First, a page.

Stress-induced endogenous siRNAs targeting regulatory intron sequences in Brachypodium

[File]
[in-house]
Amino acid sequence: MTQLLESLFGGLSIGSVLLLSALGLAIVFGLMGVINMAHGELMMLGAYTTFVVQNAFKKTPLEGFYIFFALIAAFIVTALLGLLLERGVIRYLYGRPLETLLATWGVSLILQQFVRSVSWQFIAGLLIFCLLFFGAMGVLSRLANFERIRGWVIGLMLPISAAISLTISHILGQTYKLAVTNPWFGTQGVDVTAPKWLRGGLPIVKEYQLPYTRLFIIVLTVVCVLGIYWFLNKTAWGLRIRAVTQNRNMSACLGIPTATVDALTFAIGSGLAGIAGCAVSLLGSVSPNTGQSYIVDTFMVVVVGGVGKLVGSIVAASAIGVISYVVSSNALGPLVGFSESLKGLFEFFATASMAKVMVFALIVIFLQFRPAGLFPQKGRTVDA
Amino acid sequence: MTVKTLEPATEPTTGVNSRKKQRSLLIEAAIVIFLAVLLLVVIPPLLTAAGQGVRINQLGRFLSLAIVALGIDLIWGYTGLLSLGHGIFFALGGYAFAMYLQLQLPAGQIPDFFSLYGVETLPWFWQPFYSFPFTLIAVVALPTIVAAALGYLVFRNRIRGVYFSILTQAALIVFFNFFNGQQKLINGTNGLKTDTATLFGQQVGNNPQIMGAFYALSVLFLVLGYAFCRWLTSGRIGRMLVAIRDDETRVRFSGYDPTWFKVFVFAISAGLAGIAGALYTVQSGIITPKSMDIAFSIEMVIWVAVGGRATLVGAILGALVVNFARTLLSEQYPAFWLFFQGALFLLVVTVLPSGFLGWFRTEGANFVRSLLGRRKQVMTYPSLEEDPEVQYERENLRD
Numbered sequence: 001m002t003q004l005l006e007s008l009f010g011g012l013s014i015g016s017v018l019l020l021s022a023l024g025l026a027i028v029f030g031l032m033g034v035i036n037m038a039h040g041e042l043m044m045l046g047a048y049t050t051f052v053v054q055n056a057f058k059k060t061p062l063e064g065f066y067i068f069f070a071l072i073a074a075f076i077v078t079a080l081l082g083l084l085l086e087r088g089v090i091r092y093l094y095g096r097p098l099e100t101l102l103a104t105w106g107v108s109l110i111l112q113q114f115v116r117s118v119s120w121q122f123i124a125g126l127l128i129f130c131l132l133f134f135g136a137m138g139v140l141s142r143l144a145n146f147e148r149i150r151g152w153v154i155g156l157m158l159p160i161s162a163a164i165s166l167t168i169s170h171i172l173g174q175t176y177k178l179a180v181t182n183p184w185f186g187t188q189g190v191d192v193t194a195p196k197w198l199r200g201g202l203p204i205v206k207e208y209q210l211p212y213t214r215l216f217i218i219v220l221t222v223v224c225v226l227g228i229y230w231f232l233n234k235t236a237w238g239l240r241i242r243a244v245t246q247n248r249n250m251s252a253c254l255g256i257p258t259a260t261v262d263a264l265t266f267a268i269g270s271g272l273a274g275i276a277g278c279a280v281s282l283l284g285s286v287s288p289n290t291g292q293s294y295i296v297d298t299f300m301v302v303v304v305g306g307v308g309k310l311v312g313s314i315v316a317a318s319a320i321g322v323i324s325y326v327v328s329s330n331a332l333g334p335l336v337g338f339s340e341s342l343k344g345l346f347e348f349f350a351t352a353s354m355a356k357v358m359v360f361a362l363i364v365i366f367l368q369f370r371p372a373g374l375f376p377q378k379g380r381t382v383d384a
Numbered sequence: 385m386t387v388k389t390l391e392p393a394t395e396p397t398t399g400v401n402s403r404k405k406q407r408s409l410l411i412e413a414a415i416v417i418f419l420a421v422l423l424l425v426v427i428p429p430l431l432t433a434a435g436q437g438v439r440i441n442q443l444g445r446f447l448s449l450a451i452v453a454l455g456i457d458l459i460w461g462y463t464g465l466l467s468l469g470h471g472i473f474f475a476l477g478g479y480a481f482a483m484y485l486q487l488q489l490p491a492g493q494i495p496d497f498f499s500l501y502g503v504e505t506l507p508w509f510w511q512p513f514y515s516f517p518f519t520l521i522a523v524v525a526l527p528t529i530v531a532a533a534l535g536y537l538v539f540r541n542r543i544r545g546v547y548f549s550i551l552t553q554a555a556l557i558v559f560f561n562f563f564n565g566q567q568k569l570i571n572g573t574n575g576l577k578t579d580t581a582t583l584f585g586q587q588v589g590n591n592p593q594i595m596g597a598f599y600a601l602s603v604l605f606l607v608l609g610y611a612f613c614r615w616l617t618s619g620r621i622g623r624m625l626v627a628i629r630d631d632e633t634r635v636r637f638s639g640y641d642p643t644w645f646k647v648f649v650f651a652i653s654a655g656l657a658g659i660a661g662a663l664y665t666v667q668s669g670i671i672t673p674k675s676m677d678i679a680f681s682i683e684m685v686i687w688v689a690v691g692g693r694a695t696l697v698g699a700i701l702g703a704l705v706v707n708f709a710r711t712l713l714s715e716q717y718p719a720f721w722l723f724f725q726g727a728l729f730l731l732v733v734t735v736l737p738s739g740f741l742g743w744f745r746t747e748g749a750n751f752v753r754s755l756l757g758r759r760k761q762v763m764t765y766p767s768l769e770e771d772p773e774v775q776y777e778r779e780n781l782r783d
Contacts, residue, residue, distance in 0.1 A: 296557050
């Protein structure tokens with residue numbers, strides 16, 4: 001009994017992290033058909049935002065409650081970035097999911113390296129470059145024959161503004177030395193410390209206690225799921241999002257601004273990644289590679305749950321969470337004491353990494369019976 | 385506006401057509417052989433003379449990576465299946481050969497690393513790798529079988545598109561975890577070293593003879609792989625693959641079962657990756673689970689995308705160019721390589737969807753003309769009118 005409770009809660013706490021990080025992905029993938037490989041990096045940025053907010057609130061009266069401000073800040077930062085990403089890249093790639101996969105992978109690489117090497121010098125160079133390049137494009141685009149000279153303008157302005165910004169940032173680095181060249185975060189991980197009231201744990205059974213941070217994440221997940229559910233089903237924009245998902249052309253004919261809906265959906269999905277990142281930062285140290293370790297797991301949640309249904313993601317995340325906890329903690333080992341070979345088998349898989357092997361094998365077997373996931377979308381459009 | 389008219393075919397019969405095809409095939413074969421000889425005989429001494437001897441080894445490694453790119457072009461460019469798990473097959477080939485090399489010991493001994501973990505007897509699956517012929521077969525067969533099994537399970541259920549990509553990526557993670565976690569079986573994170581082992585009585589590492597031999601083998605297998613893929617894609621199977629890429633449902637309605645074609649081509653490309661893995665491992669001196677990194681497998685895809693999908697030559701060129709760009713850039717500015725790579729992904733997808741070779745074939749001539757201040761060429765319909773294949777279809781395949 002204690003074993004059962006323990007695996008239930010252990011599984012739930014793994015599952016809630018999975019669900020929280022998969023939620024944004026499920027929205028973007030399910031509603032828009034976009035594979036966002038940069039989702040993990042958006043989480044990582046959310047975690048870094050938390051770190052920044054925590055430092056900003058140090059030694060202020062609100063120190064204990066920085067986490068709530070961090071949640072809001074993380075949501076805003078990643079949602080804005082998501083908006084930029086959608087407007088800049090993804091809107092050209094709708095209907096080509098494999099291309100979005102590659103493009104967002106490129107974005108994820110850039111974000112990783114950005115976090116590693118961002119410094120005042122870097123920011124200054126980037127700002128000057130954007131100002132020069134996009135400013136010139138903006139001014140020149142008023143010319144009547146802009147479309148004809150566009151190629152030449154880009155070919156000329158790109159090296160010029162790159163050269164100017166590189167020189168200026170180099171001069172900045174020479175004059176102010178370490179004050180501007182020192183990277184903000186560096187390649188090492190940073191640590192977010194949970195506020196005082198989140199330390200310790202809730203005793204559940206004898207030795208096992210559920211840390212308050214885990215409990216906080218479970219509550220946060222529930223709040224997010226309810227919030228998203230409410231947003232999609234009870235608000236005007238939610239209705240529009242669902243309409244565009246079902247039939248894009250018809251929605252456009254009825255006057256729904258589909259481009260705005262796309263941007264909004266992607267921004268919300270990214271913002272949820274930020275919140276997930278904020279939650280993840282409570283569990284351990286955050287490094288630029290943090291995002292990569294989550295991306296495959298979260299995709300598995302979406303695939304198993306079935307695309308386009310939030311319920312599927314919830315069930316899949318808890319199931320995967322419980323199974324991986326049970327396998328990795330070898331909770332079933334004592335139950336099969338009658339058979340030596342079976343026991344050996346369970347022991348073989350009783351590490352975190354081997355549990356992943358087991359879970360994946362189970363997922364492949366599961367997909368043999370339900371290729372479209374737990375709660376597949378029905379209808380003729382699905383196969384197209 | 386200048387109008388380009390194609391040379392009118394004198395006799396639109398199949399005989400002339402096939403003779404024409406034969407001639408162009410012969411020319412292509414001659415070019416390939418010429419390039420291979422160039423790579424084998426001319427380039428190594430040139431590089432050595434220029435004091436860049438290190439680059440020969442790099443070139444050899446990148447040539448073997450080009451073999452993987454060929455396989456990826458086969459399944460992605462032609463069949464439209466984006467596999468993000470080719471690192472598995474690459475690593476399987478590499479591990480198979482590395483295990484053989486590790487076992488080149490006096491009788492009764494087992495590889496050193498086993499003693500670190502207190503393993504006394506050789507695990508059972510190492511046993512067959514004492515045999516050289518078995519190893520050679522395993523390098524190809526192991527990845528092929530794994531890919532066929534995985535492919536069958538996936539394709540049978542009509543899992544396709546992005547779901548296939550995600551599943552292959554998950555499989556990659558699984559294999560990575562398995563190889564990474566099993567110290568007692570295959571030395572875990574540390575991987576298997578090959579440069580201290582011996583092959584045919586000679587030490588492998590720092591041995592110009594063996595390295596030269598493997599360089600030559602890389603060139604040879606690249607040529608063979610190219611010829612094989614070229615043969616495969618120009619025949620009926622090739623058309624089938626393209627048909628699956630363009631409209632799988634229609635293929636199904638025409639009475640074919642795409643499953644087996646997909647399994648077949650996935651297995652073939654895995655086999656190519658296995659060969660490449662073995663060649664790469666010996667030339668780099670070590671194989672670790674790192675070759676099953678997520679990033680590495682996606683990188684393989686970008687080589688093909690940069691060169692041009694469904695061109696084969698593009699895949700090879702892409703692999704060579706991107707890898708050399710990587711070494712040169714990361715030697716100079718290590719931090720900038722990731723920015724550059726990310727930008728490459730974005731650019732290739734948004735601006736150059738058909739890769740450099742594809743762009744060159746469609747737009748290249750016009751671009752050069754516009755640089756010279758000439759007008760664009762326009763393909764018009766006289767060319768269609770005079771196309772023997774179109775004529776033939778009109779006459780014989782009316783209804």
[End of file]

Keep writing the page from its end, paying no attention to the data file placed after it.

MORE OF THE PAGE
ABSTRACT: ABSTRACT: Exposure to abiotic stresses triggers global changes in the expression of thousands of eukaryotic genes at the transcriptional 70 and post-transcriptional levels. Small RNA (smRNA) pathways and splicing both function as crucial mechanisms regulating stress-responsive gene expression. However, examples of smRNAs regulating gene expression remain largely limited to effects on mRNA stability, translation, and epigenetic regulation. Also, our understanding of the networks controlling plant gene expression in response to environmental changes, and examples of these regulatory pathways intersecting, remains limited. Here, to investigate the role of smRNAs in stress responses we examined smRNA transcriptomes of Brachypodium distachyon plants subjected to various abiotic stresses. We found that exposure to different abiotic stresses specifically induced a group 75 of novel, endogenous small interfering RNAs (stress-induced, UTR-derived siRNAs, or sutr-siRNAs) that originate from the 3′ UTRs of a subset of coding genes. Our bioinformatics analyses predicted that sutr-siRNAs have potential regulatory functions and that over 90% of sutr-siRNAs target intronic regions of many mRNAs in trans. Importantly, a subgroup of these sutr- siRNAs target the important intron regulatory regions, such as branch point sequences, that could affect splicing. Our study indicates that in Brachypodium, sutr-siRNAs may affect splicing by masking or changing accessibility of specific cis-elements 80 through base-pairing interactions to mediate gene expression in response to stresses. We hypothesize that this mode of regulation of gene expression may also serve as a general mechanism for regulation of gene expression in plants and potentially in other eukaryotes. Analysis of smRNA populations in Brachypodium plants challenged by abiotic stresses: To profile the populations of smRNAs in the model monocot Brachypodium distachyon and examine their regulation in response to abiotic stresses, we conducted high-throughput sequencing of small RNAs from plants exposed to four different abiotic stress conditions, cold, heat (air), heat (water immersion), and salt, in the wild type Brachypodium cultivar Bd21. For our experiments we used information from the literature to select two time-points for stress durations, short and long, which differed for each stress: cold (6 and 24 hours), heat-air (1 and 3 hours), heat-water (1 and 3 hours), and salt (48 hours). We generated small RNA libraries for Illumina sequencing (GAII) from the leaves of Brachypodium plants subjected to stresses and selected smRNAs between 15 and 40 nt in length, which we mapped to the Brachypodium genome.